Music has been integral to your life much before you took up design. Do these two passions interact? Moreover, does music impact designing in any way?
I use music as a tool in my work, whether it’s art or designing or brief-based work. When I have to be concept driven, I switch a playlist of mine called Timeless and Meditative. It’s basically synth-based, string-based or piano-based music that can put me in a meditative space and help me focus. If I need to crack an idea through visual art or illustration, I listen to music that would psych me up and bring my energy levels a little higher like rap or my Hip Hop Playlist.
Almost without exception, all your visual works have a meditative quality represented through geometric patterns, repetitions and rhythms.
For lack of a better word, my ‘style’ essentially just developed because of my limited skillset. Surprisingly enough, in school I was never into visual art, I was always leaning towards music. For me, art is more like a system, or rather a systematic approach about putting things in their places. A simple fact is that I didn’t start drawing with a pen and paper, I started with digital tools. If I have to sketch out an idea, I instinctively go to the screen, where I learned creating visual art.
In school I was never into visual art, I was always leaning towards music. For me, art is more like a system, or rather a systematic approach about putting things in their places. A simple fact is that I didn’t start drawing with a pen and paper, I started with digital tools.
Often, creatives have strong and firm opinions on developing a “style” of illustration and art. Did you receive any advice from seniors or mentors on this?
Well, I didn’t listen to anyone, I just went with my gut. (Laughs) I was fairly, I guess, confident once I started creating my work. Of course, when I look back, a lot of it was very immature stuff, but at that moment I felt confident that it looked good and stuck to it.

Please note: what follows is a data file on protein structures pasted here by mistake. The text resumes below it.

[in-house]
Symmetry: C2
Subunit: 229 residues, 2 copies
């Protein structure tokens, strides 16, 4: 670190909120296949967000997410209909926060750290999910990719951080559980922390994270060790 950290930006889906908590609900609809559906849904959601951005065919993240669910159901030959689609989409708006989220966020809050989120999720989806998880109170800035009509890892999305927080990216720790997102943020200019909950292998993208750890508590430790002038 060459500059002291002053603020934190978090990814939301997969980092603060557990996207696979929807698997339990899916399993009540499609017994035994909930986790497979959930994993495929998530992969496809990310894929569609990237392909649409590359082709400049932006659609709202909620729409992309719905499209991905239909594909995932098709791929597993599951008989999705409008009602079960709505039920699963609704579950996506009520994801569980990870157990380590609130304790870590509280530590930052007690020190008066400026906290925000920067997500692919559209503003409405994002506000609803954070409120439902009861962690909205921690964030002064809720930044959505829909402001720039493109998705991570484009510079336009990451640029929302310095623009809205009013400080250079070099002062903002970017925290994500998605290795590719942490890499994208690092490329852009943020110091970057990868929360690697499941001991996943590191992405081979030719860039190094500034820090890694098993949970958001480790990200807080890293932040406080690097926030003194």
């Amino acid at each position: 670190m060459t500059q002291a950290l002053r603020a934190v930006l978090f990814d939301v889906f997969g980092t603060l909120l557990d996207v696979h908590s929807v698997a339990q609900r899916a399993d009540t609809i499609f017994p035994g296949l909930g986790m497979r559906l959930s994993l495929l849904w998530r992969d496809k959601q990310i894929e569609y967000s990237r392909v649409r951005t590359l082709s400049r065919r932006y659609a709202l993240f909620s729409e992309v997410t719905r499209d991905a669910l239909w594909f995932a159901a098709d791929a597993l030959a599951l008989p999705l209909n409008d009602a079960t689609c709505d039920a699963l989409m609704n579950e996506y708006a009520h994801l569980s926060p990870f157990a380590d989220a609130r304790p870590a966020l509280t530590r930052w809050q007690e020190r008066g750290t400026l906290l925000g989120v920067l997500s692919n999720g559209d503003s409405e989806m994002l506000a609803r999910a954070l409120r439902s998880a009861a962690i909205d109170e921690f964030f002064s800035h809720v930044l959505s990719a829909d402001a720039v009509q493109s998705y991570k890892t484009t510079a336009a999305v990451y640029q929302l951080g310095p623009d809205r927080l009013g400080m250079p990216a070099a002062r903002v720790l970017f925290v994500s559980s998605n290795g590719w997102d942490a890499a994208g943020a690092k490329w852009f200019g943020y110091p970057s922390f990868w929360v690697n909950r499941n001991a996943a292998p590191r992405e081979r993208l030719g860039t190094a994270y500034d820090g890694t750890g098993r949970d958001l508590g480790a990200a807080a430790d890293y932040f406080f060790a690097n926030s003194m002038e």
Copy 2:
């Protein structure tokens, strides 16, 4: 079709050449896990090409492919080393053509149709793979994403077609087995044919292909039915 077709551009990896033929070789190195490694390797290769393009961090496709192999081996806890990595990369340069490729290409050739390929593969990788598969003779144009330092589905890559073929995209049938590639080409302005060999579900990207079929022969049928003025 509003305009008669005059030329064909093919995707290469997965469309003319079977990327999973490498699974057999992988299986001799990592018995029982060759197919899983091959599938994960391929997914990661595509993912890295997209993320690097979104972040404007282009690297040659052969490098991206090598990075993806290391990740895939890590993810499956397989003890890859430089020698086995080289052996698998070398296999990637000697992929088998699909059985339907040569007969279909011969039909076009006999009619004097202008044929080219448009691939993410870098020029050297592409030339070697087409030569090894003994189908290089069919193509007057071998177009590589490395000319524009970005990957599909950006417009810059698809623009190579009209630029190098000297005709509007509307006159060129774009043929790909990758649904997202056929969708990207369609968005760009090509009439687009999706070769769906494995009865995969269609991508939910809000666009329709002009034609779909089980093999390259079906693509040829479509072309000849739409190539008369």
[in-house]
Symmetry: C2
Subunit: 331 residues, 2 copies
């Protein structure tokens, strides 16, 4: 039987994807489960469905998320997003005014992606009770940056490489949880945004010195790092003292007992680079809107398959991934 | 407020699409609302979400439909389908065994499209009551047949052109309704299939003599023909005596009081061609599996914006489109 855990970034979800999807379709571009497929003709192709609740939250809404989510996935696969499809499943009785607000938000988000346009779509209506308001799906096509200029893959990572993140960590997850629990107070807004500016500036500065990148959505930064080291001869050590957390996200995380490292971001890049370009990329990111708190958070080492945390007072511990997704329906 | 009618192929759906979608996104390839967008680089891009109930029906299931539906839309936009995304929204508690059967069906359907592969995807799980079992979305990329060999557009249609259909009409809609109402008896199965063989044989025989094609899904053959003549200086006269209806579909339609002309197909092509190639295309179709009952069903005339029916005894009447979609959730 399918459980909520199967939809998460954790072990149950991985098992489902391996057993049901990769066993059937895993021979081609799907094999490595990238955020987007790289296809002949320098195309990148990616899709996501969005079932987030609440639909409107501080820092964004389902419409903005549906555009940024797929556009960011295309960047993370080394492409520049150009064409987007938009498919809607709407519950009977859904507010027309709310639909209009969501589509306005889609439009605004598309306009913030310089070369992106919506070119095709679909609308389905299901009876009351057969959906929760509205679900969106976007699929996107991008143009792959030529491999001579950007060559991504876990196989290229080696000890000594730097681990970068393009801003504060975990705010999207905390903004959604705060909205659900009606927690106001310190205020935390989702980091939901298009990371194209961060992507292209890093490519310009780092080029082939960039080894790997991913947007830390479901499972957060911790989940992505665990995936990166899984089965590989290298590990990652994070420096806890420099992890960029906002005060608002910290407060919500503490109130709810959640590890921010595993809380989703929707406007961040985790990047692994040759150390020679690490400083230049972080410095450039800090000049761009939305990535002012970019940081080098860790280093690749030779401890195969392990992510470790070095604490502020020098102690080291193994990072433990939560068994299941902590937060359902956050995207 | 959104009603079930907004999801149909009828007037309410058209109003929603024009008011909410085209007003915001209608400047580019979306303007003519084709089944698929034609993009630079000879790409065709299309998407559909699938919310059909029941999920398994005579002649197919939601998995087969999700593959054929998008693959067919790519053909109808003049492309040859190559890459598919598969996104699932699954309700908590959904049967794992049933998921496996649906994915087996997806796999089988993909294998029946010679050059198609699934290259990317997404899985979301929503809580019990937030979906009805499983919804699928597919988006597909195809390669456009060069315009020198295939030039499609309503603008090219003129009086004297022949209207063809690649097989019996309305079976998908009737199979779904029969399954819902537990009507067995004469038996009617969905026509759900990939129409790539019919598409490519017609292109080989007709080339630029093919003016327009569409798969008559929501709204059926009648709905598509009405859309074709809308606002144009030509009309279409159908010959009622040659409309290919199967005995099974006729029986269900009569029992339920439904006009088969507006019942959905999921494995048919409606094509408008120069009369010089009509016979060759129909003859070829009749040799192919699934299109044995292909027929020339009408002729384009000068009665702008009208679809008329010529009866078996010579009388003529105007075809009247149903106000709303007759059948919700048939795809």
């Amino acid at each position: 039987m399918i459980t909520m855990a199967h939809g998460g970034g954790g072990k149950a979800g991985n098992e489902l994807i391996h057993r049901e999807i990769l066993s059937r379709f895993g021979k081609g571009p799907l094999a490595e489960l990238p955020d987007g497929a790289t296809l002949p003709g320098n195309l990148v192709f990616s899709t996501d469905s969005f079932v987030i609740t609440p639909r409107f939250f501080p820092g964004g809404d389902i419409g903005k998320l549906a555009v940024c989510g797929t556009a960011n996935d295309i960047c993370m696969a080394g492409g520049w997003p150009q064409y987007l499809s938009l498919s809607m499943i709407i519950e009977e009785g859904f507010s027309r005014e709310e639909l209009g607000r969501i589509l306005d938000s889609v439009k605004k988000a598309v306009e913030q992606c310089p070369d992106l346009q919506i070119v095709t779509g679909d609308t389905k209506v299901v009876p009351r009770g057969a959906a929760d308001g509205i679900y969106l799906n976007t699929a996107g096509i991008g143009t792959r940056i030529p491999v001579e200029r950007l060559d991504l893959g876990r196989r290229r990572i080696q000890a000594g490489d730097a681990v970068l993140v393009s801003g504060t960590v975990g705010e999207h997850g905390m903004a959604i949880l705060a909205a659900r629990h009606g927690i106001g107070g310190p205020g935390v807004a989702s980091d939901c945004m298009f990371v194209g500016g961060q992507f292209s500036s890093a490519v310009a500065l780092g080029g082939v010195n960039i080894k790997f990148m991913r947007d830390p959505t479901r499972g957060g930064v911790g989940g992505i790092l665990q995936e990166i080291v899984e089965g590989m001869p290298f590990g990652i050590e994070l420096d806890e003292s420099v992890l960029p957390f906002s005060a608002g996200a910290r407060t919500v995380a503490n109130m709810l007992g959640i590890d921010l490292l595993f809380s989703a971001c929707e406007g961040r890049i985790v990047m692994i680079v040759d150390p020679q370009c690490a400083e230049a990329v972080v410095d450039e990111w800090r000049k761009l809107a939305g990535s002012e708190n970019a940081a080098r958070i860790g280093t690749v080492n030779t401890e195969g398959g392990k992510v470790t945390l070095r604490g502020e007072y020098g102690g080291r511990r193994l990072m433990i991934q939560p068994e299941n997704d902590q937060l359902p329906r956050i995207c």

What other advice did you overlook?
I know there’s a lot of debate about taking up work for free, and the popular opinion is that one should never do it.
But I’ve done a lot of work for free. Zenzi Mills in Lower Parel was a club in Mumbai that programmed a lot of underground electronic music. At that time, the venue was a seminal part of Indian underground, electronic music culture. I worked on a couple of flyers for them. That was, so to speak, my first commercial work. I ended up making a logo for the DJ producer at the time. Eventually, a few years down the line I also did a street mural in Mumbai for St+art. It was not a commercial project; I didn’t get paid for it, but it led to the Facebook office mural. Though, that was the case five years ago. Since I run a small studio now, I have a cut off. If the project does not have a certain budget, then we don’t take it.
Since I run a small studio now, I have a cut off. If the project does not have a certain budget, then we don’t take it.
Is the responsibility of a studio restrictive to your creative freedom?
Not really. I feel like it would have been exactly the same whether I would’ve called it a studio or not. It’s just a name for me, nothing changes. Though, it makes more of an impression on the client. At the end of the day if I’m freelancing, the admin work is the same—sending out a number of emails, doing your taxes, investing in business development, reaching out to other people, and such.
Since you mentioned that it’s just a name, tell us what’s in the name of the Studio Bigfat.
(Laughs). So, um, basically, it’s one of those names that you don’t put so much thought into, just roll with it and then six-seven years later this is how people know you. Most people knew me by my Instagram handle, @thebigfatminimalist, the whole idea of which was of juxtaposition—big and fat with something minimal. For the studio, I didn’t want to intellectualize things too much, or make it too academic, so I just went with Bigfat.